HP pits Matrix against Cisco's California
'We need blades. Lots of blades'
Mark Hurd, in a black leather overcoat, wearing dark shades, standing in a white room that stretches out to infinity. "We need blades. Lots of blades," he mutters.
...And suddenly there are racks and racks of servers, bigger than a Google data centre, hotter than a nuclear simulation, humming away, ready to take on Cisco Systems and its virtualised "California" blade system in a battle for the data center. In this case, though, the Matrix is the weapon, and one with a virtualisation bent, not the virtual world that needs to be destroyed.
Today, HP is announcing something called the BladeSystem Matrix and its Matrix Orchestration Environment (MOE), which is an amalgam of tools that HP has acquired and created from scratch to provision and manage server environments in a more autonomic fashion than has previously been possible.
Cisco is doing a blast-from-the-past by referring to its integrated blade server and networking gadget as a system. The California system is not a diet or a way of life, but a blade server with integrated switching and management located in the switches, formally known as the Unified Computing System.
HP could not just roll out a new blade management tool that is a mix of its Insight Management tools (which it gained through its $25bn Compaq acquisition in September 2001) and its server provisioning and patching tools (from its $1.6bn Opsware acquisition in July 2007) and leave it at that. HP wants drama, like the kind that Cisco is generating. But, unless HP decides to buy Sun Microsystems or something crazy like that, Cisco and Sun are going to be getting most of the drama points in the systems racket for a while. Not the BladeSystem Matrix.
That doesn't mean that an integrated system is a bad idea. With the economy being in the dumps, any technology that allows data centres to be run with fewer people while handling more workloads is going to be something that is popular with the CEOs and CFOs. Cisco is coming at the problem from the networking side and extending into servers, while HP has been coming at it from the server side and extending out to networking for the past decade.
The Matrix system software, according to Gary Thome, chief strategist for infrastructure software and blades at HP's Enterprise Storage and Server unit, is the culmination of a decade of work, which started when HP began talking about utility computing before the Compaq deal. The software weaves together many different technologies, but the new bit - and perhaps the best bit - is a new graphical templating environment. This allows administrators to build a pictorial representation of a software stack as it is running on a multiple-tier collection of servers, then provision this n-tier stack onto real blade servers. It can then be deployed in a matter of days, instead of a month or more across multiple teams (servers, storage, networking, software, and so forth) who all have to sign off on it.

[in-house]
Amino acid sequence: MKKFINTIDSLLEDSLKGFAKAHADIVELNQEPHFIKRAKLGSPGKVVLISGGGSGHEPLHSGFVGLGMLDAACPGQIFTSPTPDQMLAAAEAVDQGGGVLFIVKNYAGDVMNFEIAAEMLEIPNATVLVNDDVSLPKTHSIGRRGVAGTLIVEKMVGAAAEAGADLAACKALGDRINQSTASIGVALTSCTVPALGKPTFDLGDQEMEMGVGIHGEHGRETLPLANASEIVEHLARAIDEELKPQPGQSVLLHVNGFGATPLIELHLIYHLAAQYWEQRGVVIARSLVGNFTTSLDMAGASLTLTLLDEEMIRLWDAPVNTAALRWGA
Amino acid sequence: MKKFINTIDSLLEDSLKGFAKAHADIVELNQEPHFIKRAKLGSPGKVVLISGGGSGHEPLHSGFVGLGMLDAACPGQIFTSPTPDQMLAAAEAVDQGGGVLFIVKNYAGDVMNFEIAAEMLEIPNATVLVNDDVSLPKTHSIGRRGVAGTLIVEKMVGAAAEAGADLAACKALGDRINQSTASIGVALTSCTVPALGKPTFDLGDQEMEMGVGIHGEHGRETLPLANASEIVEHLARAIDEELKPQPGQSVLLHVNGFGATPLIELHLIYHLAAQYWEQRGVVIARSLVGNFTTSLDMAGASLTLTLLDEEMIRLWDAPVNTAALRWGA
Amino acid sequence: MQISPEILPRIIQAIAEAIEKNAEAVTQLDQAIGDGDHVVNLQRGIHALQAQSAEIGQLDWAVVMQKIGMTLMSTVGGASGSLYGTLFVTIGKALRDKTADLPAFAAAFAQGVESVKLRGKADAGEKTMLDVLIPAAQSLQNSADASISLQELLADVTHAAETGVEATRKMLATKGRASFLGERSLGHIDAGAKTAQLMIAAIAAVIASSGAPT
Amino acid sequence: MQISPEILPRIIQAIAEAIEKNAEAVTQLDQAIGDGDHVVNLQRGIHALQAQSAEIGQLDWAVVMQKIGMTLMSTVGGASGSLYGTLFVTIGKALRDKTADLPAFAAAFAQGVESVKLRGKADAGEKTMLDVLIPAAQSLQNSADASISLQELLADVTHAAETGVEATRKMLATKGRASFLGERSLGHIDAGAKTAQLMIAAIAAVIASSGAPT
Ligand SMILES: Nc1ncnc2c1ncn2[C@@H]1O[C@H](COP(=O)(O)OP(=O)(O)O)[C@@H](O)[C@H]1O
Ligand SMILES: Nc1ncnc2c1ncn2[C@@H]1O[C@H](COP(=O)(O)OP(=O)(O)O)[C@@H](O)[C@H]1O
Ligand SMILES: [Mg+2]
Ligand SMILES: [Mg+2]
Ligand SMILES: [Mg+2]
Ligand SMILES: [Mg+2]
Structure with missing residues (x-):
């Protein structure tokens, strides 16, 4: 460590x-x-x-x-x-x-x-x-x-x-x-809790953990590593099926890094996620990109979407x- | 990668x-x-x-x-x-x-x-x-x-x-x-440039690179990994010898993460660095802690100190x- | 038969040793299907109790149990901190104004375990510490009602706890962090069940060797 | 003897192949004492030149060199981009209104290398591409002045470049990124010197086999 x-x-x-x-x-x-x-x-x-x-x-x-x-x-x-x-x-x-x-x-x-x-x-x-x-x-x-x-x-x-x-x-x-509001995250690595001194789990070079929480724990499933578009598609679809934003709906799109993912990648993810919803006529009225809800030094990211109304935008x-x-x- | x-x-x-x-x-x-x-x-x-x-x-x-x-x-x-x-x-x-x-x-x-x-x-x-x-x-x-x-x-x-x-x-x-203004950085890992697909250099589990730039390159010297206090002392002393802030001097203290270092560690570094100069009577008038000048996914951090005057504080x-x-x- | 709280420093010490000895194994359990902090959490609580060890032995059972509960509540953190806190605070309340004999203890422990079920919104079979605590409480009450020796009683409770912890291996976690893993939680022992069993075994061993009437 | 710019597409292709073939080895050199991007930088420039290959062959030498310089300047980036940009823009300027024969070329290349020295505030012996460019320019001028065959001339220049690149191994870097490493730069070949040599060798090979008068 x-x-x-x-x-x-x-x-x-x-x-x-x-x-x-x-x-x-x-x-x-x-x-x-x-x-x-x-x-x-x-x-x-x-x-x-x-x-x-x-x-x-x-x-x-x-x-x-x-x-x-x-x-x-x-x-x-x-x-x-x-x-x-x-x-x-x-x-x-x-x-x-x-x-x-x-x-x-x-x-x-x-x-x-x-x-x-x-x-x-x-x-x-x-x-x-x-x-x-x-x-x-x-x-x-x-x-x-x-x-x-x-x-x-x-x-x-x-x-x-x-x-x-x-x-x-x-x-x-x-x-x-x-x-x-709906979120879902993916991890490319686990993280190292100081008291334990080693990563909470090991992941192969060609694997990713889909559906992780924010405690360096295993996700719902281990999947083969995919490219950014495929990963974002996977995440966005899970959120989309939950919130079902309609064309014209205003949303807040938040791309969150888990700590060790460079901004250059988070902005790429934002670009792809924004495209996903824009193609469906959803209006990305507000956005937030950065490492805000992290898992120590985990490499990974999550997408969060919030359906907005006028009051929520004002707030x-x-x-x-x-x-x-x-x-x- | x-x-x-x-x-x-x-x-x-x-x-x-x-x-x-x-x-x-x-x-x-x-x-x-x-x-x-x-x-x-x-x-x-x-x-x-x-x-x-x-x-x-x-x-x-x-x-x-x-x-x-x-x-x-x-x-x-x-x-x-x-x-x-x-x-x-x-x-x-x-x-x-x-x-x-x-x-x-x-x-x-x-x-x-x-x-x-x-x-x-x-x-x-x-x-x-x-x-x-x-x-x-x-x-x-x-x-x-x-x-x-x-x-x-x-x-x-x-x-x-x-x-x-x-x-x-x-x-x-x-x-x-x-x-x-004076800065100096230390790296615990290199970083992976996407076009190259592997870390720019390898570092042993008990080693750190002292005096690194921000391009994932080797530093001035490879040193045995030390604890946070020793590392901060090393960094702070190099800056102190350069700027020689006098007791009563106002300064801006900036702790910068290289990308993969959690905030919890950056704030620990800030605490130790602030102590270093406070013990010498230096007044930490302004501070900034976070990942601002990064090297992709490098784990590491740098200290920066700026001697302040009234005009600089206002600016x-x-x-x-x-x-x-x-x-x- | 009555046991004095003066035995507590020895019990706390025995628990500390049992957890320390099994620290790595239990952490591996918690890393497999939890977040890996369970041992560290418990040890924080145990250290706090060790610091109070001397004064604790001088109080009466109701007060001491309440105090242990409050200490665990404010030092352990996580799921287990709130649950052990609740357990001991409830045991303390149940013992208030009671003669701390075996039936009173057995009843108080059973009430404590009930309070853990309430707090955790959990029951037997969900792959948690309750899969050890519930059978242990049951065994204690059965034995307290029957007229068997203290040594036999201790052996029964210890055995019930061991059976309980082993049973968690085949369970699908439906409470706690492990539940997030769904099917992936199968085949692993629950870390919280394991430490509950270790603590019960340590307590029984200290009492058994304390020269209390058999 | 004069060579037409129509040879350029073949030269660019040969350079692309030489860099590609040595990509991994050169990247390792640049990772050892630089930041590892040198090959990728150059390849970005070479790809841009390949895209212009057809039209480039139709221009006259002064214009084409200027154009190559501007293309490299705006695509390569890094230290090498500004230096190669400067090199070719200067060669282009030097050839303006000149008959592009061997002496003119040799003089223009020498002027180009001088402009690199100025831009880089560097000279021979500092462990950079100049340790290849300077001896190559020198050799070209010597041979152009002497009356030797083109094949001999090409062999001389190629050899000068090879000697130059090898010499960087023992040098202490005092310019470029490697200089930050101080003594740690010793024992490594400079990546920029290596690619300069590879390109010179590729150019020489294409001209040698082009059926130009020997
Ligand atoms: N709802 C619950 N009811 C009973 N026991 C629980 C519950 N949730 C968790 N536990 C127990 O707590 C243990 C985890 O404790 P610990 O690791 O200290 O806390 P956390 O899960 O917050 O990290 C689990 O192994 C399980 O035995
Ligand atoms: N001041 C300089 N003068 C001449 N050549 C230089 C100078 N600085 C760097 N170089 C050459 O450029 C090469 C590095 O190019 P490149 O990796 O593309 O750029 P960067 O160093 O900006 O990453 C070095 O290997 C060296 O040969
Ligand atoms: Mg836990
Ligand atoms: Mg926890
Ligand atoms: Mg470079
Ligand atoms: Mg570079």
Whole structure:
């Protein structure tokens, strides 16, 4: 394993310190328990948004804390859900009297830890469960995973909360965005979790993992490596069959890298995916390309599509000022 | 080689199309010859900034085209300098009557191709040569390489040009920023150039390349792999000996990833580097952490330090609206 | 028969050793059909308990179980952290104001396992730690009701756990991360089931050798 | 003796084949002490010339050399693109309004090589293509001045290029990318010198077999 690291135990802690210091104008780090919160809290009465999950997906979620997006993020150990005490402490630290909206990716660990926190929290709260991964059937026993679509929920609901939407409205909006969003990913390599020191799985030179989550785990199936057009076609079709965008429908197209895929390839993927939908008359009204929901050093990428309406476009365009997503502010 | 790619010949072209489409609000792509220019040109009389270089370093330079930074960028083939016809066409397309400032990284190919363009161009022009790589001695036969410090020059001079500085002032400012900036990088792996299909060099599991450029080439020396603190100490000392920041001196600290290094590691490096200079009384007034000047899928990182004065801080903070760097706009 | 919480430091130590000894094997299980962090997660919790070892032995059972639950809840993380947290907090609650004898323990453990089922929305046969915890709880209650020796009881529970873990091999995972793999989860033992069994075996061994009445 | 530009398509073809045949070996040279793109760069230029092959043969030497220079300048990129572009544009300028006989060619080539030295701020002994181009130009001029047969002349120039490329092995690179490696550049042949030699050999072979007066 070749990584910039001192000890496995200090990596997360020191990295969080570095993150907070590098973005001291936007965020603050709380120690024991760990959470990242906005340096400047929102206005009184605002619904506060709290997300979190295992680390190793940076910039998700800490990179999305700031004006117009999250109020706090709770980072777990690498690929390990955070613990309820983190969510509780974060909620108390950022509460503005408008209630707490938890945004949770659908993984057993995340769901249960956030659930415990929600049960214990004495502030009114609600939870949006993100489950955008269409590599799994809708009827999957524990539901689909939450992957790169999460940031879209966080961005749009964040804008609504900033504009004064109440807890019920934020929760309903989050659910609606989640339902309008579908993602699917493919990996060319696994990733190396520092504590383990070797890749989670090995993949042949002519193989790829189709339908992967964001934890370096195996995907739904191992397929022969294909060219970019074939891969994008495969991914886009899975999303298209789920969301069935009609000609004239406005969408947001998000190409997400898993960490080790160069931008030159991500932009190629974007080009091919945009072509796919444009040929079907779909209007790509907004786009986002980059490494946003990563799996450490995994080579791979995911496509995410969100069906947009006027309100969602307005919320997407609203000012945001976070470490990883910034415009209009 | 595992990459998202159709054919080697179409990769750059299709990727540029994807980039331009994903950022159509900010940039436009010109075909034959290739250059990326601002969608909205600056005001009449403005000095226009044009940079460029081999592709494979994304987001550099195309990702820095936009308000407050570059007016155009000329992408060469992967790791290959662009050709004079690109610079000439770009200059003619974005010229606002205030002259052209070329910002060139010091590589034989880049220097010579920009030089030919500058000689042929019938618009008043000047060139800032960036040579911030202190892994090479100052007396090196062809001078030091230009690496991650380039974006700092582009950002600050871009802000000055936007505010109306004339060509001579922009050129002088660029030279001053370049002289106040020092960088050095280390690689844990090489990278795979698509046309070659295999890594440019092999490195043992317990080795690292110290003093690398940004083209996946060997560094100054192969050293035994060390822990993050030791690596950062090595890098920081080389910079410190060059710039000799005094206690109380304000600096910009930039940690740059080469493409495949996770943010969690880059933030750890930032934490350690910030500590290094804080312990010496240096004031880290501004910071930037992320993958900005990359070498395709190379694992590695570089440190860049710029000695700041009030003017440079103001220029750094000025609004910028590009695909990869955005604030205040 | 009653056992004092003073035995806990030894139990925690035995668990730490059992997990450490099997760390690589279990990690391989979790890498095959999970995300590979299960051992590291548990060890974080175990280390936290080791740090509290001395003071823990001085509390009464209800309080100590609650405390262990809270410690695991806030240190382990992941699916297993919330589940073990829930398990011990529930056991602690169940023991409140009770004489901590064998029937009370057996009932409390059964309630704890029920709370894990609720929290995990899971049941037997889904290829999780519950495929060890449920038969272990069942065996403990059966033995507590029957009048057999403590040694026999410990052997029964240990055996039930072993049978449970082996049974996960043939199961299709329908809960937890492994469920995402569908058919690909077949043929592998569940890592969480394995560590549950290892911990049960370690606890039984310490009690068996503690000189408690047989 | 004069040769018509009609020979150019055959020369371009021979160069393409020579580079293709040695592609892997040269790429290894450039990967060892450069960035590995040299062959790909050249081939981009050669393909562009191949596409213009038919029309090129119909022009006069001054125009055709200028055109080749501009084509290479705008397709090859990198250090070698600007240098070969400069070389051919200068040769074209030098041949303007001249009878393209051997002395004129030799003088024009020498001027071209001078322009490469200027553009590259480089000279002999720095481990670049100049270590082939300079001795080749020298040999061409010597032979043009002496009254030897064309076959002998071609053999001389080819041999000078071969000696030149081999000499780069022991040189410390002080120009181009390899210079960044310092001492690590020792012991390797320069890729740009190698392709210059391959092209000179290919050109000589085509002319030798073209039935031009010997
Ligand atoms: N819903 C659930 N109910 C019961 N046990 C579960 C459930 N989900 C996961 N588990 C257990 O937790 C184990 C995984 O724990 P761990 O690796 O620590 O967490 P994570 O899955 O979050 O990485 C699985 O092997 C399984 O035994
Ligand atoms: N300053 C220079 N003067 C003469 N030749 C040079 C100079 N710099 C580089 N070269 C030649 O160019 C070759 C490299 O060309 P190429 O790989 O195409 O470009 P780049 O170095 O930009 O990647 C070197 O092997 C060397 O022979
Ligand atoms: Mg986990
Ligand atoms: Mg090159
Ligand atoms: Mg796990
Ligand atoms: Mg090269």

Such graphical tools have been around forever, of course, but they are created by managers and programmers who then hand the pictures to a human being, who then configures and tests the software.
"Matrix is the world's first push-button data center," says Thome. "Or you can call it a cloud in a box. The point is, it converges all of the infrastructure and management together."
That is, of course, the message that Cisco is peddling with the California blade setup. It converges servers and networking into a single, compact box that has virtual and real switches and can be managed with the same tools that Cisco network engineers are already used to. Cisco has not been very clear about storage, beyond saying that EMC and NetApp arrays will plug into the converged switches, which support network and storage over the same switches.
Matrix vs. California...or just go with Liquid
Unified computing - the complete solution (which seems to elude the two big vendors playing in the space today) is a very disruptive force that will fundamentally change how data centers are designed/operated, as well as who the technology leaders will be moving forward. But, the true destructive benefits of the approach are being held back by the big players. Why?
Well, my opinion is that if you're a vendor worried about what to do with the boat loads of '90's era infrastructure that you've manufactured and sold to customers as recently as last month, you've got a problem. Do you want to explain why you sold something that was something less than the optimal solution available to your customer? Of course not. So, your best course of action is to slow the roll-out of unified computing in order to wring the last bit of revenue out of the old stuff that you can while constructing an on-ramp for your customers with the speed of a road crew.
Data center architects who are interested in building and investing into forward looking infrastructure have learned time and again that during water shed moments such as these, the best solutions come from independent vendors who are unencumbered with the past. Cisco used to be one of those companies...20 years ago. Today, look to independent company's such as Liquid Computing (www.liquidcomputing.com), the only vendor that's actually shipping product and has real customers in production.
A fully featured system can see, manage and control compute+network+storage. Anything less is just an on-ramp.